Ask a 50 year old about getting re-employed and you are like to hear a lengthy discourse on how it is near impossible. At the same time you will read articles claiming that we can expect to work until we are 70 maybe 80. There is one hell of a disconnect between the reality and the theory.
The UK's institute for HR found that only 20% of its members had some kind of age strategy agreed at board level or were developing a business case for such a strategy. Most organisations still deal with the issue in reactive way rather than planning for future demographics and potential skills shortages.
'Are corporations prepared for an ageing workforce? Absolutely not.' . So says a professor of management practice at London Business School. Whenever you ask a group of HR people to name a company that 'gets it' about ageing they always say BMW. I wrote about what this company is doing back in 2011. Ask for a second company and you might get the name of a retailer that recruits older people. That's about it, don't expect any other names.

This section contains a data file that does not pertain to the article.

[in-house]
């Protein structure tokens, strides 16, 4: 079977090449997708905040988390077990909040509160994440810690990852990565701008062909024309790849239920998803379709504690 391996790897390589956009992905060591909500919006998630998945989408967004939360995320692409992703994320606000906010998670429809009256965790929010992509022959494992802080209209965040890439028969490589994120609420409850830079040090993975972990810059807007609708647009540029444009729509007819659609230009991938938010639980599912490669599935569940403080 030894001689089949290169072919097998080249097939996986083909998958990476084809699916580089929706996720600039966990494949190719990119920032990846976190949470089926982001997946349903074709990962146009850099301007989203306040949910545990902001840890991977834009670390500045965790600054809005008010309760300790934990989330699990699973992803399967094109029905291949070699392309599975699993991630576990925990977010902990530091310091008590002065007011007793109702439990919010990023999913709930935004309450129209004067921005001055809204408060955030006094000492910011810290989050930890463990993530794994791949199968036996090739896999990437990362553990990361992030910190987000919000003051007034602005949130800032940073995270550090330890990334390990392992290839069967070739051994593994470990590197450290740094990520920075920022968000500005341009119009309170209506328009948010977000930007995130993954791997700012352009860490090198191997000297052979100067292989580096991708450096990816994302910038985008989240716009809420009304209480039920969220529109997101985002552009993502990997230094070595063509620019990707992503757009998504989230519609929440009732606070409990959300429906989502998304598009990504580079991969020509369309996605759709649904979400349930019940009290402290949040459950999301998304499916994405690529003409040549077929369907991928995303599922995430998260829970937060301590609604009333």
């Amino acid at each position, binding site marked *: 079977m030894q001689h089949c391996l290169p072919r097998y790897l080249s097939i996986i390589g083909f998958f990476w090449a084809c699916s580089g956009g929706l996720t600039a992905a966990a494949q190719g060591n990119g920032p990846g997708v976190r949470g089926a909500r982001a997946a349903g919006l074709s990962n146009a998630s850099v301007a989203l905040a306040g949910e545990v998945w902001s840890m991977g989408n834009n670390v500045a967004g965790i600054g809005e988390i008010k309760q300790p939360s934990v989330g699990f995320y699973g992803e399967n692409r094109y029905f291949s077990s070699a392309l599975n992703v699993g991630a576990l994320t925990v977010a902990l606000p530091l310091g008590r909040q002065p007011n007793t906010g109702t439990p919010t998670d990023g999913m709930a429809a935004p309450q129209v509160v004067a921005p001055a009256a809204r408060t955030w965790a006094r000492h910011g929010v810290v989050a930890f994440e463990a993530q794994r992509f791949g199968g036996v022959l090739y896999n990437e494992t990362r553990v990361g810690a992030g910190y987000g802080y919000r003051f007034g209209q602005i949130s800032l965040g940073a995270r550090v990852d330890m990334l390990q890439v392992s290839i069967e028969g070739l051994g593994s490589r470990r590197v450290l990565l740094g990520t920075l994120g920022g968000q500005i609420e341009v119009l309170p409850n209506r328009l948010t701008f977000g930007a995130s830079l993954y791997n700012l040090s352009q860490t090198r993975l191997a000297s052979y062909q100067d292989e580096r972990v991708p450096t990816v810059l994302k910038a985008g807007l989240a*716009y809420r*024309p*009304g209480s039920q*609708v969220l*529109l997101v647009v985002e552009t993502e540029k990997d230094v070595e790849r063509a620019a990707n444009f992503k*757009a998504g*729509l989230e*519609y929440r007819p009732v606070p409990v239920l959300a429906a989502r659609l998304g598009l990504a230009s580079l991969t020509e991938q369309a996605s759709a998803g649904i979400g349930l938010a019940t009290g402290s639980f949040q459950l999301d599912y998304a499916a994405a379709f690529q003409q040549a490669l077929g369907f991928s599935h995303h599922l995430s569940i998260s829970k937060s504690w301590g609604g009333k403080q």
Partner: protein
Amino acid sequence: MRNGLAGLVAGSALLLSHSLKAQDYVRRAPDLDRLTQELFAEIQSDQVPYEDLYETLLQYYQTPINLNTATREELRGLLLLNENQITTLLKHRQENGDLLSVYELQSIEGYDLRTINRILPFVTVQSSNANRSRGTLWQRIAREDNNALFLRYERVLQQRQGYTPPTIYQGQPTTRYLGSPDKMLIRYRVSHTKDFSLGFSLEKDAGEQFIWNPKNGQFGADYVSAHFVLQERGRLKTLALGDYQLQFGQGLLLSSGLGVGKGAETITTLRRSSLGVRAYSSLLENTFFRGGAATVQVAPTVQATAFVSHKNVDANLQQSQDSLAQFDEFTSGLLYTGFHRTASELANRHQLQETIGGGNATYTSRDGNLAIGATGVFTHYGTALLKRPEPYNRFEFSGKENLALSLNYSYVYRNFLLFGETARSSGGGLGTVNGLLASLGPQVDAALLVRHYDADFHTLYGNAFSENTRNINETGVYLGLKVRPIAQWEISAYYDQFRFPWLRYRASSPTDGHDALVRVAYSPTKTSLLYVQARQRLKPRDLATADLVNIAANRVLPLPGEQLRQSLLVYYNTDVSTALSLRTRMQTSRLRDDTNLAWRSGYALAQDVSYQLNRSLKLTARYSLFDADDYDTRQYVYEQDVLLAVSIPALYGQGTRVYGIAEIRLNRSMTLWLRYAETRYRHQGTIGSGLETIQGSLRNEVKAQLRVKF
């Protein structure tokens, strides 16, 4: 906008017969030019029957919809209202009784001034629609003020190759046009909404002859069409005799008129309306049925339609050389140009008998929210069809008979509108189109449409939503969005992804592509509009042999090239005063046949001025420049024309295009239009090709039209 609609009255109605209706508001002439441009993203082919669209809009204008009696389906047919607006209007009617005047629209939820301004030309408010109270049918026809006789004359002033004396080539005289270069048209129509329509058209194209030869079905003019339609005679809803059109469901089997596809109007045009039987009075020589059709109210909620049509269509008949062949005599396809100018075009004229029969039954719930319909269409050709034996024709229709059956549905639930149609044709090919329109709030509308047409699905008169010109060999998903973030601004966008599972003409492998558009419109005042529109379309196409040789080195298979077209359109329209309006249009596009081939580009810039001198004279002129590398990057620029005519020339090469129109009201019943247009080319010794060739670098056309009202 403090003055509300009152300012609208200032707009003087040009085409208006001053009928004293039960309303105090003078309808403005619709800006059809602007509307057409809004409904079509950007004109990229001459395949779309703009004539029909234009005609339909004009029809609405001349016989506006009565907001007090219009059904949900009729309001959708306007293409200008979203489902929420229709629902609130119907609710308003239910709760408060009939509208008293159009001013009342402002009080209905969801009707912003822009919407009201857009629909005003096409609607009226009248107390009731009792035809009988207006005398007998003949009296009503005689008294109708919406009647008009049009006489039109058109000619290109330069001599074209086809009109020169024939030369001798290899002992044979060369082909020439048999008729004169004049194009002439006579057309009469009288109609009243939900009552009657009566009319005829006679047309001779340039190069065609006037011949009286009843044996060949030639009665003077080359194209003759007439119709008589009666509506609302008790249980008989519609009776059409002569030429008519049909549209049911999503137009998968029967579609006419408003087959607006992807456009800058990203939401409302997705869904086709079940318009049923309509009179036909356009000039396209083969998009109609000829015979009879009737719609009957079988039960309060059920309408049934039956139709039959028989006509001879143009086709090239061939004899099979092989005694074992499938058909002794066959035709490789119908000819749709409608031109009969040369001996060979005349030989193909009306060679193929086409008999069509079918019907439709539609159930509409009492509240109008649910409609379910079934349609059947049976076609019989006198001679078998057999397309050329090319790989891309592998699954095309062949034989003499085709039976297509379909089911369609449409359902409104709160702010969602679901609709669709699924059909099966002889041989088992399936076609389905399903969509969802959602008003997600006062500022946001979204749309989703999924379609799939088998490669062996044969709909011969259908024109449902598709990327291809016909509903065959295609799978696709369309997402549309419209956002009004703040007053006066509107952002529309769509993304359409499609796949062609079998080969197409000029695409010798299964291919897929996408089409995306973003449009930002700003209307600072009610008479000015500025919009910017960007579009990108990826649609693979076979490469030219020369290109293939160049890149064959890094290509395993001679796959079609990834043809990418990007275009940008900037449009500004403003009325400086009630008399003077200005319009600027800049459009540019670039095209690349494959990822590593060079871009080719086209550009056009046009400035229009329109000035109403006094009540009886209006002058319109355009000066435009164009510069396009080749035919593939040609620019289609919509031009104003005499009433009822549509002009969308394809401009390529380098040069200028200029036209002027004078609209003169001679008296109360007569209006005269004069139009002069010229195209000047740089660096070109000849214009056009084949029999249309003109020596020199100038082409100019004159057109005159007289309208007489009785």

This article provides some good insights into the subject.
What's even more disturbing is that when you find somebody that has thought about the issue they will be fixated with things like 'intergenerational working', changing terms of employment and pensions.
In a mirror of what happens in marketing, there is a failure to see that the starting point is understanding the effects of ageing on their workforce and what that means to the work environment they require.
Kim Walker and I have been looking to work with an expert that understands these issues. So far we have failed to identify anybody. Surely, somebody in the massive world of HR, must be thinking about physiological ageing and its impact on employees. Maybe not. Dick Stroud